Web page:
Key Transportation & Supply Chain Trends to Watch in 2019
As we enter 2019, several key transportation and supply chain startup trends of note enter the spotlight:
What are these technologies, and why have they become increasingly relevant in the modern supply chain industry? The answer overarchingly points towards the desire for digitization. While these three trends are among many seen in the industry (logistics management devices, electric vehicles, autonomy, and artificial intelligence) they stand to be at the heart of innovation in 2019, either enabling, or being enabled by, other disruptive technologies.
Freight Visibility & Tracking Platforms
As both supply chains and transportation networks strive for increased agility in ever-changing and volatile markets, shippers and carriers alike are seeking real-time, on-demand tracking features. Many companies boast their “tracking” technology, but it is important to note that this may manifest in a variety of deliverables based on their definition of the word.
Tracking platforms may be implemented via on-board telematics devices like electronic logging devices (ELDs), or through independent software installed in the cab of a truck. They could tap into GPS data, or simply offer “track and trace” services via touch points along the supply chain, like at distribution centers and final-mile delivery.
Freight visibility and tracking has been in production and use for years – this concept is not new, but companies are now working to make the delivery of this information more digital and engaging. While gaining real-time visibility into freight movements is attractive for many shippers and carriers, under the surface it remains ineffective in actually driving change in your transportation network. It is important to understand that freight visibility only results in actionable insights when effective strategy is established on the front end. To utilize this data to its fullest potential, shippers need to develop a plan to leverage it to create deeper insights and analysis prior to implementation of the technology.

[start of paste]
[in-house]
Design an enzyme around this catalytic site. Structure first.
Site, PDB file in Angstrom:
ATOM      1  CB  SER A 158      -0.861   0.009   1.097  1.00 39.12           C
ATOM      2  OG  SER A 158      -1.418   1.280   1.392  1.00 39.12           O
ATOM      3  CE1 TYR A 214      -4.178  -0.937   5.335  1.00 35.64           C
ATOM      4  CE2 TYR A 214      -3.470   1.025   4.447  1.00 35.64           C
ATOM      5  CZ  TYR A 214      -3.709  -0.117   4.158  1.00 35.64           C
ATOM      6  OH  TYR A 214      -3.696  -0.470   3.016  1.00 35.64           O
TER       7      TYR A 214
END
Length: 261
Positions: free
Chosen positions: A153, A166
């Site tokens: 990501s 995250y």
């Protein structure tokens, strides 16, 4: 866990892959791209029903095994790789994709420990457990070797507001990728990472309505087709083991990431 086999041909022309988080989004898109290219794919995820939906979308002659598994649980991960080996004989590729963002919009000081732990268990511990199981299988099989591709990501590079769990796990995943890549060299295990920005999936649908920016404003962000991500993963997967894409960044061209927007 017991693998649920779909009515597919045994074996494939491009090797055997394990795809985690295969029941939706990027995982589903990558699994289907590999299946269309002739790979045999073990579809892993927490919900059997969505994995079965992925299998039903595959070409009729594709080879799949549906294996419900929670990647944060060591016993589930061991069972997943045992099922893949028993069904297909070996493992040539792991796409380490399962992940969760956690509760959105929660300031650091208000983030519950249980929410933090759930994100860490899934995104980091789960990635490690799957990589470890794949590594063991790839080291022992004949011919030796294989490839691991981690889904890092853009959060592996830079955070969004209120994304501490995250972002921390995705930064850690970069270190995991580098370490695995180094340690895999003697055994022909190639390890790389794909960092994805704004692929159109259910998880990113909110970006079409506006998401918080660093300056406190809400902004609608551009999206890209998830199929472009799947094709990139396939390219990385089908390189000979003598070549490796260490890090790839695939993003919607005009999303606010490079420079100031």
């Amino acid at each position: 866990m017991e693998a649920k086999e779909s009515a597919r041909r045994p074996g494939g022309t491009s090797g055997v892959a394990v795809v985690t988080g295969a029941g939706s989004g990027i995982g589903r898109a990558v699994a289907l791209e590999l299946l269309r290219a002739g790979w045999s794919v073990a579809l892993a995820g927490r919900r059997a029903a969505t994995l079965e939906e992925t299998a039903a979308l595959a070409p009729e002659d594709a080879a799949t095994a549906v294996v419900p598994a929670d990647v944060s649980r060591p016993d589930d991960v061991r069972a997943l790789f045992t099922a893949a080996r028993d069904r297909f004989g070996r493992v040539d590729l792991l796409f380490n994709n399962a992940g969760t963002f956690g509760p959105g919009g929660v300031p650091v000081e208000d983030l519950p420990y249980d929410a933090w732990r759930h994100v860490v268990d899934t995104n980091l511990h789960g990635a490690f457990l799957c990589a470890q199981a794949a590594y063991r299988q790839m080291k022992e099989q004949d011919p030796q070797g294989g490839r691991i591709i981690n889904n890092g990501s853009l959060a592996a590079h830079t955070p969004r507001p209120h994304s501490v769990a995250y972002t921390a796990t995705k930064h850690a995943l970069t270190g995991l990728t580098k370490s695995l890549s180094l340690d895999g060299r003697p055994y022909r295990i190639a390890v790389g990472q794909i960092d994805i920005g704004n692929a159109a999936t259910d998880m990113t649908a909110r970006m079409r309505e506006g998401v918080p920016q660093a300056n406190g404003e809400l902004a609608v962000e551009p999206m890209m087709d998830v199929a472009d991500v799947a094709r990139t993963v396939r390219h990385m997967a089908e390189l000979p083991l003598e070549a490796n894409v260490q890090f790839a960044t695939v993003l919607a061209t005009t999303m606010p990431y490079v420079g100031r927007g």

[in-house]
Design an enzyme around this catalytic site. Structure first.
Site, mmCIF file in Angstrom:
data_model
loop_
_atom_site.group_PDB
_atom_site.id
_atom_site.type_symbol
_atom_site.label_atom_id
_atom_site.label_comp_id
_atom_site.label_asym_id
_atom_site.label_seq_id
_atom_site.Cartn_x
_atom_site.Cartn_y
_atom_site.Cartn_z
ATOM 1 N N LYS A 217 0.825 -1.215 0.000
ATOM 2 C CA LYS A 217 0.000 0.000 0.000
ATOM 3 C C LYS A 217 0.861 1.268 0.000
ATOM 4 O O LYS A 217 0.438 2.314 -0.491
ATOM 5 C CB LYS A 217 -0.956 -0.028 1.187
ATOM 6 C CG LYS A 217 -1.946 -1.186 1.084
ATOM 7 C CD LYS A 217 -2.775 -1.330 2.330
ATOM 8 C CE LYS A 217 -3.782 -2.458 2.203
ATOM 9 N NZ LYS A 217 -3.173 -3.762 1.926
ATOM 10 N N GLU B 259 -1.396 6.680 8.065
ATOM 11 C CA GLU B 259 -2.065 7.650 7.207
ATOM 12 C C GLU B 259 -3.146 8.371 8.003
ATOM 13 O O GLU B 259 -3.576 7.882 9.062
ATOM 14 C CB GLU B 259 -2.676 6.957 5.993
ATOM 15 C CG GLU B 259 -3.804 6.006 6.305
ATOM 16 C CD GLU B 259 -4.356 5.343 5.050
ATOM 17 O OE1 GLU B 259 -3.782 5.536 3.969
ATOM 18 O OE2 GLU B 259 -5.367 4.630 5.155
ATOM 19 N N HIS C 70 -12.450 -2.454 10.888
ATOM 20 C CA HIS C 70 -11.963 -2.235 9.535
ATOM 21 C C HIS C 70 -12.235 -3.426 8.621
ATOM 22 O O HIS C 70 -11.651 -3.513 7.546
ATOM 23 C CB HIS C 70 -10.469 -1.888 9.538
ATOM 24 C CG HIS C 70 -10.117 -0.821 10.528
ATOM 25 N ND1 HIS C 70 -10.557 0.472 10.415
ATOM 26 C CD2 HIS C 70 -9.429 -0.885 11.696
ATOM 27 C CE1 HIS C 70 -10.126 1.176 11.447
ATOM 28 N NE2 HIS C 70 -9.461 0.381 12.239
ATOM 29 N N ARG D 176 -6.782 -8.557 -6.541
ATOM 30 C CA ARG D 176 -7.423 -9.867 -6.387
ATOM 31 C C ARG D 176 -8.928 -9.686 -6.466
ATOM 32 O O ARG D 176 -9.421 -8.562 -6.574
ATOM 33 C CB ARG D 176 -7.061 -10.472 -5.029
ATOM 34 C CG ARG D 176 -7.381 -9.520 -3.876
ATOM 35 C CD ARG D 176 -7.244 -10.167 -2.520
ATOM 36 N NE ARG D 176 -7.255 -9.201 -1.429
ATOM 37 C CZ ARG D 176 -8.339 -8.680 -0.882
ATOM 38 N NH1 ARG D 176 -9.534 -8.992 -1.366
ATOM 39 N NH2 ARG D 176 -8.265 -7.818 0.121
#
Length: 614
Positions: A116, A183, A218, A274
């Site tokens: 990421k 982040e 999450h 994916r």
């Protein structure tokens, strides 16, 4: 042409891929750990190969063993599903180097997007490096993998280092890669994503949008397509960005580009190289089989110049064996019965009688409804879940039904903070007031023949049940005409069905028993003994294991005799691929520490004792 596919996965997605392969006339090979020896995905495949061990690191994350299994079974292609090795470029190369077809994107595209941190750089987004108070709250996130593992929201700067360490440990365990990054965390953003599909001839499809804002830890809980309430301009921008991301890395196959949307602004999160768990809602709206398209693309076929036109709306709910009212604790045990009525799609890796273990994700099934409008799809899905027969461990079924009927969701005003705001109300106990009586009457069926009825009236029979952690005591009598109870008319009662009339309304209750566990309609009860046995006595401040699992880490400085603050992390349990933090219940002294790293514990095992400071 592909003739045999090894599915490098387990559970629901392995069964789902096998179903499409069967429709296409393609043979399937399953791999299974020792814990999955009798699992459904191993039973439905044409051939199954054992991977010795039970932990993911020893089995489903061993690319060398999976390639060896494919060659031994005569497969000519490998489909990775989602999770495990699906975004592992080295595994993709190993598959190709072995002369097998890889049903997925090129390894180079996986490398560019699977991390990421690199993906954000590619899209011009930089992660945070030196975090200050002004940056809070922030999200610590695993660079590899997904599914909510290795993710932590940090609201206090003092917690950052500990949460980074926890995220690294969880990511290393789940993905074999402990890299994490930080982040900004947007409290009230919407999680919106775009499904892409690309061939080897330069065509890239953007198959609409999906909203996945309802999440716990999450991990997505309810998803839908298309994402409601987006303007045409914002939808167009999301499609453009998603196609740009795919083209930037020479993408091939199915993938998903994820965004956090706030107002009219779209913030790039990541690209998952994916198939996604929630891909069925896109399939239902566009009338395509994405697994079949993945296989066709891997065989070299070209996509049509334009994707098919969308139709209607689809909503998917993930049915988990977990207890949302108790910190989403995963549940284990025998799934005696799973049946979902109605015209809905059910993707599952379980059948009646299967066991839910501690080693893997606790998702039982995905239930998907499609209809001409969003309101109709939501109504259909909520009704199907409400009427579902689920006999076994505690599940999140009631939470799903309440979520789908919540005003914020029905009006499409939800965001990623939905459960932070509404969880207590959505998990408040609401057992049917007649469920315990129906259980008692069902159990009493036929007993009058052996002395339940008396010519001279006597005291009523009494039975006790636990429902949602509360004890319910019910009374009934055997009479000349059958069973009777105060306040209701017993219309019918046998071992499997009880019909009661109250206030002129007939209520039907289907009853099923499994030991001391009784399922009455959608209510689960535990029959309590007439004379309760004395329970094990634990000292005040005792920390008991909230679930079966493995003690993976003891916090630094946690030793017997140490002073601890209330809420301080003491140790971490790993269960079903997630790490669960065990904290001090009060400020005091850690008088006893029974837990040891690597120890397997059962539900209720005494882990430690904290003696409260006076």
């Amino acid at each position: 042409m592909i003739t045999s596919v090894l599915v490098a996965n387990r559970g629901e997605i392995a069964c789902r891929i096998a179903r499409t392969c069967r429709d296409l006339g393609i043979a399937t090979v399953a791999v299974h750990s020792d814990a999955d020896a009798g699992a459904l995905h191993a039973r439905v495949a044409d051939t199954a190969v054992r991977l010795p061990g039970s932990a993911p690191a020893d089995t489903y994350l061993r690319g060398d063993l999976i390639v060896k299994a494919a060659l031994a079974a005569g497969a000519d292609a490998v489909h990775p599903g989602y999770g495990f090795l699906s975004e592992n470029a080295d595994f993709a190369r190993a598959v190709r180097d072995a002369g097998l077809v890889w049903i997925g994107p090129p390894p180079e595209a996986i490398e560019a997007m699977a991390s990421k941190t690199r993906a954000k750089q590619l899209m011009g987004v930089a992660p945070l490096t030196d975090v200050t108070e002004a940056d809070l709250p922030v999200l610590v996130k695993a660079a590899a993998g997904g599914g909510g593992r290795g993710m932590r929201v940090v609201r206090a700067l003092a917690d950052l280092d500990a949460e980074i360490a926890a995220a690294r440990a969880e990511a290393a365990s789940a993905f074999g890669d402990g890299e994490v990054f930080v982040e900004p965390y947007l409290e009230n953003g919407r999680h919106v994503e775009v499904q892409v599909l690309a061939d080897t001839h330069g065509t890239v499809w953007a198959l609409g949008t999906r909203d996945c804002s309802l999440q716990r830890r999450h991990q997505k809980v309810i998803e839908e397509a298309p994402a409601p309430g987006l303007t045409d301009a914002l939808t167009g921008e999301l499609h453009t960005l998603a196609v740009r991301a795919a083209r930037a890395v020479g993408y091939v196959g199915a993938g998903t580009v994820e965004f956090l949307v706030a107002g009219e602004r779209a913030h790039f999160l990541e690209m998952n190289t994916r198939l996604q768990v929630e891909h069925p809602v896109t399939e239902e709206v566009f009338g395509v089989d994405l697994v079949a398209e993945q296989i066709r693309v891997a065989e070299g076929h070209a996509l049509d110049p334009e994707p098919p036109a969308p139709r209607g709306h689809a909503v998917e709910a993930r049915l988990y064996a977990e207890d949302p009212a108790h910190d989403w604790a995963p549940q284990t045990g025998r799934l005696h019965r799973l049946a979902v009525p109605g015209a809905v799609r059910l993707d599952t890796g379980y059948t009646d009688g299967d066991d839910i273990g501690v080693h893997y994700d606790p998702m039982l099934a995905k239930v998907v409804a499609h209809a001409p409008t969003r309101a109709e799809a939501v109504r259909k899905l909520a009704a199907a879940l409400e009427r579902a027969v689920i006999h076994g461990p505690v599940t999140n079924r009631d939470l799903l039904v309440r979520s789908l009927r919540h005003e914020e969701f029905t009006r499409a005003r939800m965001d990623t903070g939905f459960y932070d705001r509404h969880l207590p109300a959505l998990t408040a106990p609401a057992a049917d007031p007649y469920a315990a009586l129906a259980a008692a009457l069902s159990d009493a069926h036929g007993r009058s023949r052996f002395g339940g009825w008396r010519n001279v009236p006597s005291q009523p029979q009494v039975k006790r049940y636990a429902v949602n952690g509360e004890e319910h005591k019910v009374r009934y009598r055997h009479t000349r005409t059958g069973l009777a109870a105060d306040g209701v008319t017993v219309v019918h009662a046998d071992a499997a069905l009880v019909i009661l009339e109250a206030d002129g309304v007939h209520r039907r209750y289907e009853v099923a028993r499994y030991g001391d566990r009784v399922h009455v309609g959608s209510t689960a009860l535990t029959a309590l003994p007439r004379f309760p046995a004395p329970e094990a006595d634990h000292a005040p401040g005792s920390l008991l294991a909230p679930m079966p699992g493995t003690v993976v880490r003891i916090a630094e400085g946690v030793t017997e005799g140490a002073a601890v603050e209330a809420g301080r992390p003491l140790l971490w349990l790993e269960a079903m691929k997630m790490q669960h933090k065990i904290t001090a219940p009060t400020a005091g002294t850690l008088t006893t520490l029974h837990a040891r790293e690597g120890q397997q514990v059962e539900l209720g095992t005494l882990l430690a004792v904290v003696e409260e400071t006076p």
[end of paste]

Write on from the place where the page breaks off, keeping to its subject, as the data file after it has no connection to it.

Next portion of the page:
Knowing the location of your freight is one thing, but selecting the right partners on the front-end, and driving continued optimization of transportation operations through ongoing compliance management is the only way to ensure that your goods are moving in the most efficient and successful way possible.